Developing and sustaining competitive advantages.

What is strategy?

The essence of strategy is choosing to perform activities differently than rivals do by defining a company’s position, making trade-offs, and forging fit among activities.

11 reasons to be excited about the future of technology

There are many exciting new technologies that will continue to transform the world and improve human welfare. Here are eleven of them.

Zero to One

The next Bill Gates will not build an operating system. The next Larry Page or Sergey Brin won’t make a search engine. And the next Mark Zuckerberg won’t create a social network. If you are copying these guys, you aren’t learning from them.

Why software is eating the world

We are in the middle of a dramatic and broad technological and economic shift in which software companies are poised to take over large swathes of the economy.

Mobile is eating the world

As we pass 2.5bn smartphones on earth and head towards 5bn, and mobile moves from creation to deployment, the questions change. What's the state of the smartphone, machine learning and 'GAFA', and what can we build as we stand on the shoulders of giants?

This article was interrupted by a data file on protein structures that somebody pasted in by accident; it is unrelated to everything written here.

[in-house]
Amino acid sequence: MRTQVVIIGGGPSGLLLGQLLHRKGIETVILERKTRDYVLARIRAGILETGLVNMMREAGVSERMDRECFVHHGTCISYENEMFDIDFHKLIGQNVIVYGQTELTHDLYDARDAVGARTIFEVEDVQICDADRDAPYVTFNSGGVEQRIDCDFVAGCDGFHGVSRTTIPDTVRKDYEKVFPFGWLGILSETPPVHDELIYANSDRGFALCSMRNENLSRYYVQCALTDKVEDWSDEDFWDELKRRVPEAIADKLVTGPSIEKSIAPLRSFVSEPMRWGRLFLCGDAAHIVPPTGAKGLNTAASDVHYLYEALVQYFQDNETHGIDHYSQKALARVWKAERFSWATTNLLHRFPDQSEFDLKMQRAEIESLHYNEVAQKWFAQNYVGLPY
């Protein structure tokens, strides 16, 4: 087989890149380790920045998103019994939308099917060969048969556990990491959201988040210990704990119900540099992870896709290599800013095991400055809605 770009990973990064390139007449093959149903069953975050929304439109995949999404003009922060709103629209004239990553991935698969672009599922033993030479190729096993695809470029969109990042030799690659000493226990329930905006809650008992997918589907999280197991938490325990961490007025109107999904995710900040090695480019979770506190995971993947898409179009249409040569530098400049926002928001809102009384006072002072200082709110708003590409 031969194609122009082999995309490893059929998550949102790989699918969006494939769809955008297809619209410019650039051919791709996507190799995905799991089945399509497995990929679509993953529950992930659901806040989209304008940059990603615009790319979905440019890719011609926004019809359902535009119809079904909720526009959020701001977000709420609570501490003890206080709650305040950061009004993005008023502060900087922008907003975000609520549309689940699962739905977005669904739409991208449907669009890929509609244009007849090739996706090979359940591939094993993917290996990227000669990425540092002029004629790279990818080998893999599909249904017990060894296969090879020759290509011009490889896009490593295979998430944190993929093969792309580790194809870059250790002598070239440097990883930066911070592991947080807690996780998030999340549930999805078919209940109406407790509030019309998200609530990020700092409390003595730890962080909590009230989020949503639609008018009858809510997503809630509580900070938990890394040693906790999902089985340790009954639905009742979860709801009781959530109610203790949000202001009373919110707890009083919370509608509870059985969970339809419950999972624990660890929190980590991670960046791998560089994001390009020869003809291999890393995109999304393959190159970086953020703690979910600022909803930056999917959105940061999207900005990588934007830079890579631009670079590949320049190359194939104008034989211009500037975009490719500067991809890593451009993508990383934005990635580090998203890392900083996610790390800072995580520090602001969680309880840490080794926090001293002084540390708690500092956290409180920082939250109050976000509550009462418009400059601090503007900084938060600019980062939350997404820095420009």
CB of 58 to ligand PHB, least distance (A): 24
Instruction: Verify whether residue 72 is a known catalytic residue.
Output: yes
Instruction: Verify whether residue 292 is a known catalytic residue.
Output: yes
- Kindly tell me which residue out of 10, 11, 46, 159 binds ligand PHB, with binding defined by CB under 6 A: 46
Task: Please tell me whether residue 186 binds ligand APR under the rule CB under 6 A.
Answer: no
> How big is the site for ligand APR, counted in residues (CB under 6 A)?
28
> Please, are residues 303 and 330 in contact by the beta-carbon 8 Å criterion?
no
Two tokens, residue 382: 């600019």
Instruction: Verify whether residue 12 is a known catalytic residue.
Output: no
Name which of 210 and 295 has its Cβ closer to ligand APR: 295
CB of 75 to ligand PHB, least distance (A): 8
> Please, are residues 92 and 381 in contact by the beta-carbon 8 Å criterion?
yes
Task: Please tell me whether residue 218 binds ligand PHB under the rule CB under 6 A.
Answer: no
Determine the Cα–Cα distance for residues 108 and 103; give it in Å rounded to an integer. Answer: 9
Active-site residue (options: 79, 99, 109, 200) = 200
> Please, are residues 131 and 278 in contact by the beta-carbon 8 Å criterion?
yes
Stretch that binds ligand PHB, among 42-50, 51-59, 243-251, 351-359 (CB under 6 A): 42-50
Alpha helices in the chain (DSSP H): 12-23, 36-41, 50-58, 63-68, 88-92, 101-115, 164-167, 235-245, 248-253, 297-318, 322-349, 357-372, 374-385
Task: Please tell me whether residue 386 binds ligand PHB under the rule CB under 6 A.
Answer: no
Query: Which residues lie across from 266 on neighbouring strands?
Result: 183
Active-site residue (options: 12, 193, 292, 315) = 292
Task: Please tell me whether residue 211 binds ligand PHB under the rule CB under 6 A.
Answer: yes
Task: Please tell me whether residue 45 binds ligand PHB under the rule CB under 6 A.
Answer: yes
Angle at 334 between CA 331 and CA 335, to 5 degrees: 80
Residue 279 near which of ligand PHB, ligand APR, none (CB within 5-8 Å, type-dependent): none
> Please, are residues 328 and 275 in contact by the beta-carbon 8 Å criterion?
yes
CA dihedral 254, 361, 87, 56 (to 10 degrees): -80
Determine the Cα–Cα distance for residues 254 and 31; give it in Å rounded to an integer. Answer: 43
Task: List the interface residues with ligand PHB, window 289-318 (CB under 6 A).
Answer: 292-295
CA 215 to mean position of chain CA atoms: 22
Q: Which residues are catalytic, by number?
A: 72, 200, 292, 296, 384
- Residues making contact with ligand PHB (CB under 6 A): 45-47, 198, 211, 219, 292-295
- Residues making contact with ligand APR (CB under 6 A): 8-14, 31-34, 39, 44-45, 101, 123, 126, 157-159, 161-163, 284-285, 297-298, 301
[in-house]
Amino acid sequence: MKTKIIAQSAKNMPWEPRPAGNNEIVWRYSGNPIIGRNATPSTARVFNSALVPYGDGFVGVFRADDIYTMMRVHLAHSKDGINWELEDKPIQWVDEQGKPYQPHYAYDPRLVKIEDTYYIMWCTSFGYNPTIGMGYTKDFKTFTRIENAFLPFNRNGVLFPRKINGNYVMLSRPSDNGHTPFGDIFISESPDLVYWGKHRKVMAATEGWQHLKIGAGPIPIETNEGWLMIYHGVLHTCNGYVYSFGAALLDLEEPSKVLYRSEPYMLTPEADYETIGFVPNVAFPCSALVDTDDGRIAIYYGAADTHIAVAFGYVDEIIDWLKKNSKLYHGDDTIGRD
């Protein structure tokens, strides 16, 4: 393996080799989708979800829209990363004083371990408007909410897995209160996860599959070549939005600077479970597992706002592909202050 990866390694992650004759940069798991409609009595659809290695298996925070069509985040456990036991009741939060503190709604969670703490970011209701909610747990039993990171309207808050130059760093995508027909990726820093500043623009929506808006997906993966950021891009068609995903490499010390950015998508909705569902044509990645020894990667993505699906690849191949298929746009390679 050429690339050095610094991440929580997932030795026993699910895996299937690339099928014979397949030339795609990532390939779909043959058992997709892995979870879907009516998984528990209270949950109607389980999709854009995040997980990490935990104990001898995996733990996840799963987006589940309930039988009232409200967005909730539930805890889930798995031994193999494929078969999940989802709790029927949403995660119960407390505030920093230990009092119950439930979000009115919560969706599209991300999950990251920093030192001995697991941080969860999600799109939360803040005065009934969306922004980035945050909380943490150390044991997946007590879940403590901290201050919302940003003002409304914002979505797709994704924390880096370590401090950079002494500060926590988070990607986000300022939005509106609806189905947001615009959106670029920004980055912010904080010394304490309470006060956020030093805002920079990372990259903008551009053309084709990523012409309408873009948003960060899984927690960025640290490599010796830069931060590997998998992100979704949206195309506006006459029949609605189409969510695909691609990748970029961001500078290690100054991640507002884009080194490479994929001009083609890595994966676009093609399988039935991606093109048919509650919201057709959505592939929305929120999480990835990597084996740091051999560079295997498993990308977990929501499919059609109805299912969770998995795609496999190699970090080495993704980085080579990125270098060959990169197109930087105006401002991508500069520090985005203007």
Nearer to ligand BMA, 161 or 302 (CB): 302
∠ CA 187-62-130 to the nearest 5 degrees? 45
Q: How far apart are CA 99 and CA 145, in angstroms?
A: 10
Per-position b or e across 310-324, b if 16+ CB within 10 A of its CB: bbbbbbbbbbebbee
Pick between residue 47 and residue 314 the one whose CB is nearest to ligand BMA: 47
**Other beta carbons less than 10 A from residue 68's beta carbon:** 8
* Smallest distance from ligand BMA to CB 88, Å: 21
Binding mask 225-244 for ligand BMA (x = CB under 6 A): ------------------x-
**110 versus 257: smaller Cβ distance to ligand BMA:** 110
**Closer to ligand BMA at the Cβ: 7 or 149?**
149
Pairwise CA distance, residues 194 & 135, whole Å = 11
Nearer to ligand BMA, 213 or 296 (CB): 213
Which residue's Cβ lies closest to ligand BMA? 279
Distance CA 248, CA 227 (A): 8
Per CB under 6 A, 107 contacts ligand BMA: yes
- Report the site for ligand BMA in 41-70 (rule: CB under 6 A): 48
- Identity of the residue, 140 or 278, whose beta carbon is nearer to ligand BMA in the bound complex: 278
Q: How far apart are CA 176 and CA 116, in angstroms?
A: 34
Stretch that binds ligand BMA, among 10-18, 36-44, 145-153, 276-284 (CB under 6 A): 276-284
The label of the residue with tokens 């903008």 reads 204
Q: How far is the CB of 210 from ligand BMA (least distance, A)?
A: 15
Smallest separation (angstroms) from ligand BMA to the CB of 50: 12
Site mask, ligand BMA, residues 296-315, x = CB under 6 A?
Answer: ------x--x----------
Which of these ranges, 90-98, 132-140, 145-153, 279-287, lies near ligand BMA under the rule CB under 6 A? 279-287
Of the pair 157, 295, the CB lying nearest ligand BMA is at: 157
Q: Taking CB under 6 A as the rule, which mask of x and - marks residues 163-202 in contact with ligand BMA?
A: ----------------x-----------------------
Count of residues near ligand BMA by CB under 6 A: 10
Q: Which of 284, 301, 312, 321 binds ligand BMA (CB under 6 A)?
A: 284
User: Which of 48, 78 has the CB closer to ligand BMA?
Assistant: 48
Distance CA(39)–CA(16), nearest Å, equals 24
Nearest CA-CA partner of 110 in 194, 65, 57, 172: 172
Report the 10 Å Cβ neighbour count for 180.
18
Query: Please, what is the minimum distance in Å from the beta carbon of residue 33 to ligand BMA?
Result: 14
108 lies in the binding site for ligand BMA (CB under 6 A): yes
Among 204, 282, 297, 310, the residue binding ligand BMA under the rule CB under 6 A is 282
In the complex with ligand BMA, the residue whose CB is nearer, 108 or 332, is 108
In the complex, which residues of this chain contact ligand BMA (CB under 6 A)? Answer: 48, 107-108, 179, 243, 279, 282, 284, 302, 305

Cars and second order consequences

It's useful, and challenging, to think about second and third order consequences: as the saying goes, it was easy to predict mass car ownership but hard to predict Wal-mart, and the broader consequences of the move to electric and autonomy will come in some very widely-spread industries, in complex interlocked ways.

The five competitive forces that shape strategy

The strongest competitive force or forces determine the profitability of an industry and become the most important to strategy formulation. The most salient force, however, is not always obvious.

The next big thing will start out looking like a toy

Technologies tend to get better at a faster rate than users’ needs increase. From this simple insight follows all kinds of interesting conclusions about how markets and products change over time.

The Innovator’s Solution

Innovation is more predictable than most managers have historically believed. The authors identify what actions and practices are essential for companies to embrace new disruptive innovations and avoid being disrupted themselves.